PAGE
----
Mitochondrial Dysfunction in Critical Illness: Implications for Nutritional Therapy

  • Stephen A. McClaveEmail author
  • Paul E. Wischmeyer
  • Keith R. Miller
  • Arthur R. H. van Zanten
Gastroenterology, Critical Care, and Lifestyle Medicine (SA McClave, Section Editor)
Part of the following topical collections:
  1. Topical Collection on Gastroenterology, Critical Care, and Lifestyle Medicine


Purpose of the Review

This paper will review the evidence for mitochondrial dysfunction in critical illness, describe the mechanisms which lead to multiple organ failure, and detail the implications of this pathophysiologic process on nutritional therapy.

Recent Findings

Mitochondria are particularly sensitive to increased oxidative stress in critical illness. The functional and structural abnormalities which occur in this organelle contribute further to the excessive production of reactive oxygen species and the reduction in generation of adenosine triphosphate (ATP). To reduce metabolic demand, mitochondrial dysfunction develops (a process likened to hibernation), which helps sustain the life of the cell at a cost of organ system failure. Aggressive feeding in the early phases of critical illness might inappropriately increase demand at a time when ATP production is limited, further jeopardizing cell survival and potentiating the processes leading to multiple organ failure.


Several potential therapies exist which would promote mitochondrial function in the intensive care setting through support of autophagy, antioxidant defense systems, and the biogenesis and recovery of the organelle itself. Nutritional therapy should supplement micronutrients required in the mitochondrial metabolic pathways and provide reduced delivery of macronutrients through slower advancement of feeding in the early phases of critical illness. A better understanding of mitochondrial dysfunction in the critically ill patient should lead to more innovative therapies in the future.


Mitochondrial failure Critical illness Nutritional therapy Multiple organ failure 


Compliance with Ethical Standards

Conflict of Interest

Stephen A. McClave declares that he has no conflict of interest.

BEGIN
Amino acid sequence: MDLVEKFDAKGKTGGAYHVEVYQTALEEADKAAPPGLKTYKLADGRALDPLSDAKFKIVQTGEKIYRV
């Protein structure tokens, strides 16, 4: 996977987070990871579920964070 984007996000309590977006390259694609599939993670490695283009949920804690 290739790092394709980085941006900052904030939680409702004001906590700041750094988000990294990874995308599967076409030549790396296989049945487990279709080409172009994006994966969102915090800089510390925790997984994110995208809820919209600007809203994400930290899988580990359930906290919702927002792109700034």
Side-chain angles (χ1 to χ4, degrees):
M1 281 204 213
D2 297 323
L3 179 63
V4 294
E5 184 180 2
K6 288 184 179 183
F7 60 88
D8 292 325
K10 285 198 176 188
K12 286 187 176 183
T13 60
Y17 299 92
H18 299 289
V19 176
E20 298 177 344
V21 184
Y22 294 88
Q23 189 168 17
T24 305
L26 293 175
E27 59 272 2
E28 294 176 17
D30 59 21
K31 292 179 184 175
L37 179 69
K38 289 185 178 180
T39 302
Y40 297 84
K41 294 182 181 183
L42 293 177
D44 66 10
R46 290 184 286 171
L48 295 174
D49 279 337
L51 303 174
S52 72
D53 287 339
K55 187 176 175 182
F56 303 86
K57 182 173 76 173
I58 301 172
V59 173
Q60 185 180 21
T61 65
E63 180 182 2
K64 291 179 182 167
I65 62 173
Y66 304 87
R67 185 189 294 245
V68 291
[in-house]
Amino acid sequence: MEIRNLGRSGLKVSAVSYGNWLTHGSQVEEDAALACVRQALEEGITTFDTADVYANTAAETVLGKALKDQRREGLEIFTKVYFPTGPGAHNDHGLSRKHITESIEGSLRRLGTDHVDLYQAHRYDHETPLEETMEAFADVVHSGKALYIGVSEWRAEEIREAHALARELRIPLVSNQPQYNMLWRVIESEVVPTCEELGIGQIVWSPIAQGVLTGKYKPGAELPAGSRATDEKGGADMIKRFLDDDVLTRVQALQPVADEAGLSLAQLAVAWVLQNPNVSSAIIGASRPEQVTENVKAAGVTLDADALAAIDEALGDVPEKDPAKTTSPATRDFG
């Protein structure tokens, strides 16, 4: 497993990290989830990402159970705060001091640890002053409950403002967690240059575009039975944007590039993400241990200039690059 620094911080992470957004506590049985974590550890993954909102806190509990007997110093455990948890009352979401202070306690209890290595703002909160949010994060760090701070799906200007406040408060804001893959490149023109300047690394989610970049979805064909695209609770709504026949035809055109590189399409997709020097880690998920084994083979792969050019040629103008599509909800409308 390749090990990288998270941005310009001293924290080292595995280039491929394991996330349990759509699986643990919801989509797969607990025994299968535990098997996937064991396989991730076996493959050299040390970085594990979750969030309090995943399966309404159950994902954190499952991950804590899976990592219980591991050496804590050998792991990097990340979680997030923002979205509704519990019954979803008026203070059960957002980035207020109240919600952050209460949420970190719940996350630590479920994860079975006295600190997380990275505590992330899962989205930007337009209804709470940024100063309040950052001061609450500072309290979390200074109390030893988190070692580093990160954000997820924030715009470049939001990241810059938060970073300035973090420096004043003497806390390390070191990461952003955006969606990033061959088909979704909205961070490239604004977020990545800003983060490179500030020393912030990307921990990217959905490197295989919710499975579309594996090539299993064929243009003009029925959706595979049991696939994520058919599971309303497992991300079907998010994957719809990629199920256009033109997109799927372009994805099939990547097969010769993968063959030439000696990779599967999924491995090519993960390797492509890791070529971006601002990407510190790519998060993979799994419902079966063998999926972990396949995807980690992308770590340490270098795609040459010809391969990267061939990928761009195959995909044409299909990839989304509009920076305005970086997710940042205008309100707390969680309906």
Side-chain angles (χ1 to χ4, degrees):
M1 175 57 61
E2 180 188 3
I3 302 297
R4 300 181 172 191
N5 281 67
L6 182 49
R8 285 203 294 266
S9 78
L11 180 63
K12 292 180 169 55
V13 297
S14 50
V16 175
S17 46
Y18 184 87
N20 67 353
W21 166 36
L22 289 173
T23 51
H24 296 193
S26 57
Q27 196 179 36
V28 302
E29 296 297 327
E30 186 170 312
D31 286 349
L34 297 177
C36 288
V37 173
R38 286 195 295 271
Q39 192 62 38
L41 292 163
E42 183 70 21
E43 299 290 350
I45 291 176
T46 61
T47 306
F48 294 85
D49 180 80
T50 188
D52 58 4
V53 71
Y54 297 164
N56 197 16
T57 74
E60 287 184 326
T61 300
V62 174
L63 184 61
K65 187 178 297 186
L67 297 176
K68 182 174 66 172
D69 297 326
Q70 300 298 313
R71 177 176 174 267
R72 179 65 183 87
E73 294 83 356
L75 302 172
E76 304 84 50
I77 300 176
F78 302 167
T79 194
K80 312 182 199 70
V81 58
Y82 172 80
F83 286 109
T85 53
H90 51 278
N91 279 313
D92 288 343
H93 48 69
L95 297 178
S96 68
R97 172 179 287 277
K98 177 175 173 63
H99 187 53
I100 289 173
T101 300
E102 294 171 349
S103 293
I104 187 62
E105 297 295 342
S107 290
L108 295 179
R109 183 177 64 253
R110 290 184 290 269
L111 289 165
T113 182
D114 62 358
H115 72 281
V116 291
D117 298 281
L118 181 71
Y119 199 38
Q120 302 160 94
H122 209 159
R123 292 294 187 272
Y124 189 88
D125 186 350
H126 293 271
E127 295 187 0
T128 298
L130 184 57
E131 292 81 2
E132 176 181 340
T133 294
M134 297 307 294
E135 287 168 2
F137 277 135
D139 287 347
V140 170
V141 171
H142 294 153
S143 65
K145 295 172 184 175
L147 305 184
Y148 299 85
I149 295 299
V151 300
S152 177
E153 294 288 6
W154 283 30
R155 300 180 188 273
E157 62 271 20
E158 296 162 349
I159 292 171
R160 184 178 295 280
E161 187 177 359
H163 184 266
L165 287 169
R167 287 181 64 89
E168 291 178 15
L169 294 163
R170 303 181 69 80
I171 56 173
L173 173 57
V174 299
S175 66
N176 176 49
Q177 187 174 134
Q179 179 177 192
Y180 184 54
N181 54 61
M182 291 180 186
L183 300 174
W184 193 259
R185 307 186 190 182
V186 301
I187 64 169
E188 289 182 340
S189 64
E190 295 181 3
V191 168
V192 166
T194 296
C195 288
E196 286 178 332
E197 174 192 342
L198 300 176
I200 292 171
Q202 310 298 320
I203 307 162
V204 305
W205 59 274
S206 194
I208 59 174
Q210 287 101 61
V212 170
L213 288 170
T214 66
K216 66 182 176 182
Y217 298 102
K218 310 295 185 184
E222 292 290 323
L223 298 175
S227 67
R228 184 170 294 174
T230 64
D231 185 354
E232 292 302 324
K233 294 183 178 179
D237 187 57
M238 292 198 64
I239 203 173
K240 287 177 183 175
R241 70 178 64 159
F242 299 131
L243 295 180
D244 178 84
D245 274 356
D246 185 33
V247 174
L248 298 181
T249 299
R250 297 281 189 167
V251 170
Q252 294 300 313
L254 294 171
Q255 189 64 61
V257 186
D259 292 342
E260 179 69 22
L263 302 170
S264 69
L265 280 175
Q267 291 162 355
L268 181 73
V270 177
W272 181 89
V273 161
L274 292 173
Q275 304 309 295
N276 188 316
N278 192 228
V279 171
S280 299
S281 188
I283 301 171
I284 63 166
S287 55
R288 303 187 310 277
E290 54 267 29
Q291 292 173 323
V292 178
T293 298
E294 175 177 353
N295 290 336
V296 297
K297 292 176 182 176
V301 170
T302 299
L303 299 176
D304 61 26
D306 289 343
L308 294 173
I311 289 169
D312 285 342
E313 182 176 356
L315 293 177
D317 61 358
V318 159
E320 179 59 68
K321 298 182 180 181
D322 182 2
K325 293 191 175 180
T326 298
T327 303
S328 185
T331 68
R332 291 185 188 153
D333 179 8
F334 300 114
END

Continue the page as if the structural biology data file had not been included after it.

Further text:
Paul E. Wischmeyer has received research funding from Baxter, Abbott Laboratories, Fresenius Kabi, the National Institutes of Health (NIH), and Nutricia; has received compensation from Baxter, Abbott Laboratories, and Nutricia for service as a consultant; and has received compensation from Abbott Laboratories and Nutricia for participating in Continuing Medical Education (CME) Speaking programs.

Keith R. Miller has received salary support from Nestlé Nutrition through its Nutritional Educational Fellowship.

Arthur R.H. van Zanten has received research funding from Nutricia, Cardinal Health, and Mermaid Pharmaceuticals GmbH; has received compensation from Baxter, Fresenius Kabi, and Nutricia for service as a consultant; and has received compensation from Baxter, Nestlé, Fresenius Kabi, B. Braun Medical, Inc., and Nutricia for participating in CME Speaking programs.

Human and Animal Rights and Informed Consent

This article does not contain any studies with human or animal subjects performed by any of the authors.


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Copyright information

© Springer Science+Business Media, LLC, part of Springer Nature 2019

Authors and Affiliations

  • Stephen A. McClave
    • 1
    • 2
    Email author
  • Paul E. Wischmeyer
    • 3
  • Keith R. Miller
    • 4
  • Arthur R. H. van Zanten
    • 5
  1. 1.Department of MedicineUniversity of Louisville School of MedicineLouisvilleUSA
  2. 2.Division of Gastroenterology, Hepatology & NutritionUniversity of Louisville School of MedicineLouisvilleUSA
  3. 3.Department of AnesthesiologyDuke UniversityDurhamUSA
  4. 4.Department of SurgeryUniversity of Louisville School of MedicineLouisvilleUSA
  5. 5.Department of Intensive Care MedicineGelderse Vallei HospitalEdeThe Netherlands

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